and update the development agreement before the project moves forward. City
Council members will have to approve an ordinance to grant the final OK. There
is no timetable for how soon the project may progress to either of those boards.
The Matanzas Woods golf course has remained dormant since it closed during the
economic downturn in 2007. It was one of the city’s original four links built by
former Palm Coast developer ITT. Golf legend Arnold Palmer and Ed Seay designed
the 18-hole course, which opened in 1986. It was widely considered the best
among the original four courses in town and locals dubbed it the “jewel in the
The course changed hands multiple times over the years and several sales fell
through. Flagler County property records show Matanzas GC Palm Coast purchased
the property in April 2019 for $600,000.
The entire golf course is currently zoned as a master-planned development, or
MPD. But developers are petitioning to have the fairway parcel along U.S. 1
re-purposed from greenbelt-conservation to mixed-use on the city’s future
DeLorenzo explained that the course was designated as a “golf-course community,”
or GCC, under Palm Coast’s old comprehensive plan. The property was consolidated
to an MPD when the city ratified its first unified land development code in
2008. But the GCC standards on the property still apply, DeLorenzo said.
“Existing golf course views from existing platted lots located within any
residentially zoned area located across a right-of-way or a water body from the
site shall be maintained to the maximum extent practical,” Palm Coast’s land
development code states.
A group of residents started a private group on Facebook to share information
and devise a campaign to stop the developer’s plans. The group has also
circulated an online petition that had received 786 digital signatures by Friday
The residents are planning a neighborhood meeting for 6:30 p.m. Monday at the
African American Cultural Center, 4422 N. U.S. 1, Palm Coast.
“We didn’t always expect to have golf back here, but we bought into that sense
of green space behind us, not to see another neighbor behind us,” said Leann
Huggins, who lives on Lake Success Drive.
Critics say nearly 2,500 L-section lots in the surrounding residential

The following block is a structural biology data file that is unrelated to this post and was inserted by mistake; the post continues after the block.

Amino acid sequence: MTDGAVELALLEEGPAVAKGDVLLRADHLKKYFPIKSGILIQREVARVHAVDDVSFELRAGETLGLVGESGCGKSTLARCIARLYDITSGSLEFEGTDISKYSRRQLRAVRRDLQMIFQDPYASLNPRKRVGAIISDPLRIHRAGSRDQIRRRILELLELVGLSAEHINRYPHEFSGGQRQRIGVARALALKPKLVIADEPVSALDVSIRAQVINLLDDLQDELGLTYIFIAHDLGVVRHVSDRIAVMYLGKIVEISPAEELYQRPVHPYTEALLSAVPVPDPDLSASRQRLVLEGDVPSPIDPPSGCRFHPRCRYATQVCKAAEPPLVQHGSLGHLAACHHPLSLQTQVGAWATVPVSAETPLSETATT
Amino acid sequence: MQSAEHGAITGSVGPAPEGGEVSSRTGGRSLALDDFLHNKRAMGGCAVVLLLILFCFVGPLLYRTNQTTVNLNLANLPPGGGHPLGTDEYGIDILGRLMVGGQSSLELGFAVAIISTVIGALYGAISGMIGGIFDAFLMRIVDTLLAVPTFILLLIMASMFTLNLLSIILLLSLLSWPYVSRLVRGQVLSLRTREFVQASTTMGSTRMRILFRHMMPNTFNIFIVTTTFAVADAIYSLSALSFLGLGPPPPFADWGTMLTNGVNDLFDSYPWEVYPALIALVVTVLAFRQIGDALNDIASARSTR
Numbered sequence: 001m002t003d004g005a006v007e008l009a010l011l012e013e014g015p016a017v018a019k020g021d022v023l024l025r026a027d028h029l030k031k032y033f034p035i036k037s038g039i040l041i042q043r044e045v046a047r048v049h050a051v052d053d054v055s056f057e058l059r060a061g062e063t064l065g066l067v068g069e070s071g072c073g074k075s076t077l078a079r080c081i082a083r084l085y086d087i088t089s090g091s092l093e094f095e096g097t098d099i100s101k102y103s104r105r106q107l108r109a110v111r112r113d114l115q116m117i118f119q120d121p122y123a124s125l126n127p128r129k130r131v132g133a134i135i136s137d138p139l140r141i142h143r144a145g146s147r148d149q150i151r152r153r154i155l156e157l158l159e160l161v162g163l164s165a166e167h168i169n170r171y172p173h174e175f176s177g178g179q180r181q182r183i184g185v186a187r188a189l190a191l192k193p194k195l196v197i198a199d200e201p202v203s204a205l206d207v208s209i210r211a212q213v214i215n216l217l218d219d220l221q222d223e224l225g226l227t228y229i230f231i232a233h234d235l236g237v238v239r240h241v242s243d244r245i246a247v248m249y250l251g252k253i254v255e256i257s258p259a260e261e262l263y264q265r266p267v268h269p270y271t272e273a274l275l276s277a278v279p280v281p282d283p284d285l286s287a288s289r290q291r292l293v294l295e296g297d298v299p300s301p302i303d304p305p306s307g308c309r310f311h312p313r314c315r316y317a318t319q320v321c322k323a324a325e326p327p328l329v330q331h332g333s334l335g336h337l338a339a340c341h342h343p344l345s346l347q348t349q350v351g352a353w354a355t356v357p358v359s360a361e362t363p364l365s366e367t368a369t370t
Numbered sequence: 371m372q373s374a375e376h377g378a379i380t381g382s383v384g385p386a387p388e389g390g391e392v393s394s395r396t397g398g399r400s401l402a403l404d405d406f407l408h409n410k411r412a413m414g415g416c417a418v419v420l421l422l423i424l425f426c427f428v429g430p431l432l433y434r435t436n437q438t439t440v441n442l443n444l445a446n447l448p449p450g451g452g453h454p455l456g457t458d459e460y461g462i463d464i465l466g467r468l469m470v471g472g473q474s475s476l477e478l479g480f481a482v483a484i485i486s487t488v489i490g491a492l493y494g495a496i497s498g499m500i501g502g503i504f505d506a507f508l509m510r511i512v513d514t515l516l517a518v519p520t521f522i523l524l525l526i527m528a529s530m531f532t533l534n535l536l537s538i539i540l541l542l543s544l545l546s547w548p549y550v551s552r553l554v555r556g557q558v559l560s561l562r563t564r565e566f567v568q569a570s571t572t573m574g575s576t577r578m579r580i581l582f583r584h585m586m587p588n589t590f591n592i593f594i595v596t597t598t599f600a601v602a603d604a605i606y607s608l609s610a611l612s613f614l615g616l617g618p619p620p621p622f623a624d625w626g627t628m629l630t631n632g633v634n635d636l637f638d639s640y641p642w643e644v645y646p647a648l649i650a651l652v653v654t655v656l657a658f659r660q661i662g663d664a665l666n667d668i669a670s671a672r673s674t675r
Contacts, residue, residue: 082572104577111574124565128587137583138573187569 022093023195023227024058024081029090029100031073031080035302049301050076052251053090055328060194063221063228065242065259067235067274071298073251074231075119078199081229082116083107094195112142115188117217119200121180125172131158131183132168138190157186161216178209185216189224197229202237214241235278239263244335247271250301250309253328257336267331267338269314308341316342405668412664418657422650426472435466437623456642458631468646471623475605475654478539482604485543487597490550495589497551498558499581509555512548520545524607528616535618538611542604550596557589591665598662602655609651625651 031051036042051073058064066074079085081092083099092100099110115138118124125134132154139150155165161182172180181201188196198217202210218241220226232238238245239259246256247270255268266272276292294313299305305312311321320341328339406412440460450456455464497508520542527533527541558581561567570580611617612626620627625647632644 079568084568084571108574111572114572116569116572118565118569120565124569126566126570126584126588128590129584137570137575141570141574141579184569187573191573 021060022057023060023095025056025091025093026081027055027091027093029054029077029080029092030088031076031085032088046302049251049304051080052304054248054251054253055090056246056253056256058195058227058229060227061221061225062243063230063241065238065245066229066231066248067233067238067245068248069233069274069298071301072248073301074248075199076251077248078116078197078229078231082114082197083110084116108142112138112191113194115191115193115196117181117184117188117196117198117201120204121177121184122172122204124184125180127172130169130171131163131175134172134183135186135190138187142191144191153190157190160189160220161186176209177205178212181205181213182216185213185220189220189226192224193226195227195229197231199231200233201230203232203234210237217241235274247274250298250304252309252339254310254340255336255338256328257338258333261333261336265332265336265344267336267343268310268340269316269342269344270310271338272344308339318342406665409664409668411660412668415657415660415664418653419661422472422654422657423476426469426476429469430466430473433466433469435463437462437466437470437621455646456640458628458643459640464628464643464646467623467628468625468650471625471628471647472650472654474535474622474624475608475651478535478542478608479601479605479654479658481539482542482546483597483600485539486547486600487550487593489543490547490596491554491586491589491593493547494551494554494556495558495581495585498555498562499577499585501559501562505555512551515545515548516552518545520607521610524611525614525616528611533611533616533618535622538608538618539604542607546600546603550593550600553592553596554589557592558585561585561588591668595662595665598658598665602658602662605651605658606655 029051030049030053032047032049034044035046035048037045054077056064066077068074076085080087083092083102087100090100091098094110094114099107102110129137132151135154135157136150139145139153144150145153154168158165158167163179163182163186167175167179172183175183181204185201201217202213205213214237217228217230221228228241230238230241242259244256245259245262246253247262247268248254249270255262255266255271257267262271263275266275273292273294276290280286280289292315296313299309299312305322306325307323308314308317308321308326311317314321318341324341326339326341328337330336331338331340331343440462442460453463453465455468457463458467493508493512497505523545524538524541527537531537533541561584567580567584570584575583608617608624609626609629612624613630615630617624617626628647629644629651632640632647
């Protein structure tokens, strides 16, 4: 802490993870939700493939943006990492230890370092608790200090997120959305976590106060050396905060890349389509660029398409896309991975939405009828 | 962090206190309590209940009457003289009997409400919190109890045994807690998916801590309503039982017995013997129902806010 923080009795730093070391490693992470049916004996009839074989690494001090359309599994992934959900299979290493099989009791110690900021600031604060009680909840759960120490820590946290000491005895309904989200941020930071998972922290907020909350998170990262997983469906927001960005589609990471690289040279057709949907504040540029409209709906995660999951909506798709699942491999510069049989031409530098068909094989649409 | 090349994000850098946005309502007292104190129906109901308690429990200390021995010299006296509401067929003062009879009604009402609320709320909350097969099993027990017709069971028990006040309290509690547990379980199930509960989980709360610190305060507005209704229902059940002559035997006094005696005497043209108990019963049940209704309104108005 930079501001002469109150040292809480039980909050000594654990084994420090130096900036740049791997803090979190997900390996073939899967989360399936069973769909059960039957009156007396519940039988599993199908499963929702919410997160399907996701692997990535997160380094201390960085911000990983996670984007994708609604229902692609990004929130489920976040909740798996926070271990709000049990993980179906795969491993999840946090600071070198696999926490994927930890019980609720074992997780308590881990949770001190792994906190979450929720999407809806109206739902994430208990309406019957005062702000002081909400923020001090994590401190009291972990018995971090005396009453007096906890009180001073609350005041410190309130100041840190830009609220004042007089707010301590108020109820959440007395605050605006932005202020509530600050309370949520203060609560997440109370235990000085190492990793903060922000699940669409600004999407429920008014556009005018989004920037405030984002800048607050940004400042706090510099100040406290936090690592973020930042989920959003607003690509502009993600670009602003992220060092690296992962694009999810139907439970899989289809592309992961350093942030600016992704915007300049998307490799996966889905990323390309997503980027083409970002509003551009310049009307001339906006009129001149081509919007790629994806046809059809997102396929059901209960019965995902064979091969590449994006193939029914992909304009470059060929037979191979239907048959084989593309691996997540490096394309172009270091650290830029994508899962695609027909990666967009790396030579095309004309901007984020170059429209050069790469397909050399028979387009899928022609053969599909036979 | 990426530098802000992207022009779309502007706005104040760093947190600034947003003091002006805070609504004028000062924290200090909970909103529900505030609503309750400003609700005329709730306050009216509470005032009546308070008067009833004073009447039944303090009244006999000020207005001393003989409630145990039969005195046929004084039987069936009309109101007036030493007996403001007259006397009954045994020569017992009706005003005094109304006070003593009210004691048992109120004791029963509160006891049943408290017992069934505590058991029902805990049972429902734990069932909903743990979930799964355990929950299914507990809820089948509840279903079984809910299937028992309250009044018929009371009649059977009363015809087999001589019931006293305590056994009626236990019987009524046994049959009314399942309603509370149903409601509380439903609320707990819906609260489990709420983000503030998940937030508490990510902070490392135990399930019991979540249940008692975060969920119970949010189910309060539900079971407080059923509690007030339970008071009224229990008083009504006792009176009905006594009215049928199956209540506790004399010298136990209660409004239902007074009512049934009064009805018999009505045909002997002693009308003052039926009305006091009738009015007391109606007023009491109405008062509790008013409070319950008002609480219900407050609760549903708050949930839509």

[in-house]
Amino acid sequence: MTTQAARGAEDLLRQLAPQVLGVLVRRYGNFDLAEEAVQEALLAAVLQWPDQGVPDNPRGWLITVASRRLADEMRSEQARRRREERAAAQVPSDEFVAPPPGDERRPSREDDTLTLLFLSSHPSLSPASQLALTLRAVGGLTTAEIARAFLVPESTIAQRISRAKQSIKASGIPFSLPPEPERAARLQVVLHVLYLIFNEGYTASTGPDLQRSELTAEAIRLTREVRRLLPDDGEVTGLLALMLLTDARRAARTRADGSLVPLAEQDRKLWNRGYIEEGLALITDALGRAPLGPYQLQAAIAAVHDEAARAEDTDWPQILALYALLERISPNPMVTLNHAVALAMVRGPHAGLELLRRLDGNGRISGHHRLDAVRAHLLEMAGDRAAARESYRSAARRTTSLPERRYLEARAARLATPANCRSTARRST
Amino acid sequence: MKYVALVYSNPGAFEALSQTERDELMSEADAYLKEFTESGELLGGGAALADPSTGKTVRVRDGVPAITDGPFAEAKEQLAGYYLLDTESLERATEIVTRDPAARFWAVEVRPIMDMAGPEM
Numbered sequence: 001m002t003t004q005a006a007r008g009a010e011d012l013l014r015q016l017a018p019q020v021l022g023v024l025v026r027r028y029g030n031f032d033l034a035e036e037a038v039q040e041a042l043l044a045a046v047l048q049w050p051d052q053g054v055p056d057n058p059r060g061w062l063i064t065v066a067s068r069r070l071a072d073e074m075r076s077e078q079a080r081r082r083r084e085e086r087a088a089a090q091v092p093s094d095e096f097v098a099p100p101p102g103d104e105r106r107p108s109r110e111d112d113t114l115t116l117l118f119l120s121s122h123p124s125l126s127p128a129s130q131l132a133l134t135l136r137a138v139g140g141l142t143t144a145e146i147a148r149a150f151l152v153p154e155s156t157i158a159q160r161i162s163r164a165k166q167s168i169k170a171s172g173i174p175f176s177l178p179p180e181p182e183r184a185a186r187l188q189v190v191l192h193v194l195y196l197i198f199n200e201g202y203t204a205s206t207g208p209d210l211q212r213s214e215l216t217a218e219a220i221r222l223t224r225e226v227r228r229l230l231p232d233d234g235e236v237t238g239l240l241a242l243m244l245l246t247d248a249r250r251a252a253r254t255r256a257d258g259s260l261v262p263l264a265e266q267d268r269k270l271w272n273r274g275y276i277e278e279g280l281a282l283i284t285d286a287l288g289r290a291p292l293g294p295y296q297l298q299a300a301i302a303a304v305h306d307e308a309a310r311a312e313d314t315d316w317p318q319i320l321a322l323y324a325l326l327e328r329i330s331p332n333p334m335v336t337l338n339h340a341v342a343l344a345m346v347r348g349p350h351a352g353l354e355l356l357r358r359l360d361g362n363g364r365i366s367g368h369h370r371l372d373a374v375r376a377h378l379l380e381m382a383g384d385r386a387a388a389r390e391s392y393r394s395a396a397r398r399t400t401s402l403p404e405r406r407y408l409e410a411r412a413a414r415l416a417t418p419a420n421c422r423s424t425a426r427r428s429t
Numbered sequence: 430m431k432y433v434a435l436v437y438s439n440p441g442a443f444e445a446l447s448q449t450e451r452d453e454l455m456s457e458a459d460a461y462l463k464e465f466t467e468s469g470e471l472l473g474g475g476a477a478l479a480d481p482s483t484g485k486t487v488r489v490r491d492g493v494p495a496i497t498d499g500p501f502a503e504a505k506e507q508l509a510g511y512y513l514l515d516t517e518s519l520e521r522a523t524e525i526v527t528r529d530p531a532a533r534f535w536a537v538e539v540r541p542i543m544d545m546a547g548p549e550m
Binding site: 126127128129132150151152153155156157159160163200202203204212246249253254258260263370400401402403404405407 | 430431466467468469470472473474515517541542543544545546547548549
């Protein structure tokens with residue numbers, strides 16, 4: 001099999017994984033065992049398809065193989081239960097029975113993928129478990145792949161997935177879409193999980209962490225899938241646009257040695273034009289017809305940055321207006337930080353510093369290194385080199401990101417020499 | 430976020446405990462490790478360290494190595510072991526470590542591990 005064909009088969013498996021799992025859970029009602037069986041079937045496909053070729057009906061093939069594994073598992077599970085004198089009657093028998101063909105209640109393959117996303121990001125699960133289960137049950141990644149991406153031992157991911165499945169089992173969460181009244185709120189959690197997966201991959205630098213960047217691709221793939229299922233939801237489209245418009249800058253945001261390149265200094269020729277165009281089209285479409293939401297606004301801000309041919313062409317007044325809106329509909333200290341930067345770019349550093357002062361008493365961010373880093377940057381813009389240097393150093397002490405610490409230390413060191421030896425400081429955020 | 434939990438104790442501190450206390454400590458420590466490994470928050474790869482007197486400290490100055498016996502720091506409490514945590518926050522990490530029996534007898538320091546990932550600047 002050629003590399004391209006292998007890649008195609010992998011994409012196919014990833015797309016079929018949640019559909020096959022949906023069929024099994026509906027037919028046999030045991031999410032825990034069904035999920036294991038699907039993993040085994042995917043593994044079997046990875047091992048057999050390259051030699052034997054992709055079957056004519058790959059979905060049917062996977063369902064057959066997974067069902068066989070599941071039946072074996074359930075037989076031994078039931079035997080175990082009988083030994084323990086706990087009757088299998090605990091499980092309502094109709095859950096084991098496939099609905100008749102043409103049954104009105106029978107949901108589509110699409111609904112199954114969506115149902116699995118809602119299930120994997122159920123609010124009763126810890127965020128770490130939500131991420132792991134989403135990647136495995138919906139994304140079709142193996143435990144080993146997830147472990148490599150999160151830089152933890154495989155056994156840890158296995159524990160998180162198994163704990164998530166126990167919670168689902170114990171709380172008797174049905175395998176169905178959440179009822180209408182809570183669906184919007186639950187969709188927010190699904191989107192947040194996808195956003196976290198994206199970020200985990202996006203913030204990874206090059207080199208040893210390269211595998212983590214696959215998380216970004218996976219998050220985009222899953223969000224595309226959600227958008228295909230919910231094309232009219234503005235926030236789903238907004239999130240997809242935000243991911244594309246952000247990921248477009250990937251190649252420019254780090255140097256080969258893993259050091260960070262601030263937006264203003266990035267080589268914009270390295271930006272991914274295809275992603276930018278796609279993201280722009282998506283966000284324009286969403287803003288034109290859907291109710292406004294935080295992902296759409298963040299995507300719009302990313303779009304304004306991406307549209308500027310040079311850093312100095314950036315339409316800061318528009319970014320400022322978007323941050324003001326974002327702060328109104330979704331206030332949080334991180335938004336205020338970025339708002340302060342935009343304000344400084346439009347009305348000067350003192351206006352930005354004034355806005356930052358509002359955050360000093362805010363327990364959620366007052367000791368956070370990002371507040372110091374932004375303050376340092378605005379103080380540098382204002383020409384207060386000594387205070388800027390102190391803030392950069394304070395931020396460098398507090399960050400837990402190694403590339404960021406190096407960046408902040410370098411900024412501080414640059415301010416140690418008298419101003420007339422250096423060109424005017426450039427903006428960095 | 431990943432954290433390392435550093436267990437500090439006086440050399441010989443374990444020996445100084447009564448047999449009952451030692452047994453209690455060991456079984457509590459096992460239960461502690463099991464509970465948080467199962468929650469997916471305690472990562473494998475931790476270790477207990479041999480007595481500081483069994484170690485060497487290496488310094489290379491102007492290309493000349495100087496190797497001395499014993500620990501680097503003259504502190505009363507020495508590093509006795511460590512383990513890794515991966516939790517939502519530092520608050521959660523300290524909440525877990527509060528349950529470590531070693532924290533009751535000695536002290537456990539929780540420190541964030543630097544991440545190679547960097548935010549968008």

community, largely made up of duplexes and single-family homes, could feel the
effects of the project. They worry about unforeseen environmental hazards from
the long-derelict course, and impacts such a development could have on the
area’s stormwater drainage system.
According to city officials, the greenbelt designation gives developers rights
to build one residential unit per acre. Existing residents are against the idea
of apartments, condos, storage units, or commercial development sprouting up
behind their homes. They want the golf course to remain a greenbelt property.
Some residents say they purchased their homes for as much as $600,000 before the
golf course shut down. But those property values plummeted during the housing
bust. Now they are working to protect the “line of sight” behind their homes to
ensure that doesn’t happen again.
“They lost all their equity once before and they’re just starting to get equity
back,” Huggins said of the homeowners. “The concern is that if they put these
homes in that don’t conform with what we have now, they’ll lose their values
DeLorenzo, whose home overlooks a different Palm Coast golf course, said he can
relate to the concerns of homeowners in the L-section. He indicated officials
will rely on the city’s comprehensive plan and land development code to guide
“People who purchased on the golf course have a certain expectation that they
were either going to be living on a golf course or have open space,” DeLorenzo
said last week, as city planners were continuing to review the developer’s
application. “So I understand it completely and it is definitely a valid
“The property has certain development rights, and we’re just going to apply our
codes to make sure that the existing residents are protected while not
infringing on the property rights of the land owner,” he later added.
Chuimento said the developer is working to ease residents’ concerns.
“It’s very important that the community knows that they’re entitled to their
existing views,” he said, “and we have to take that into consideration.”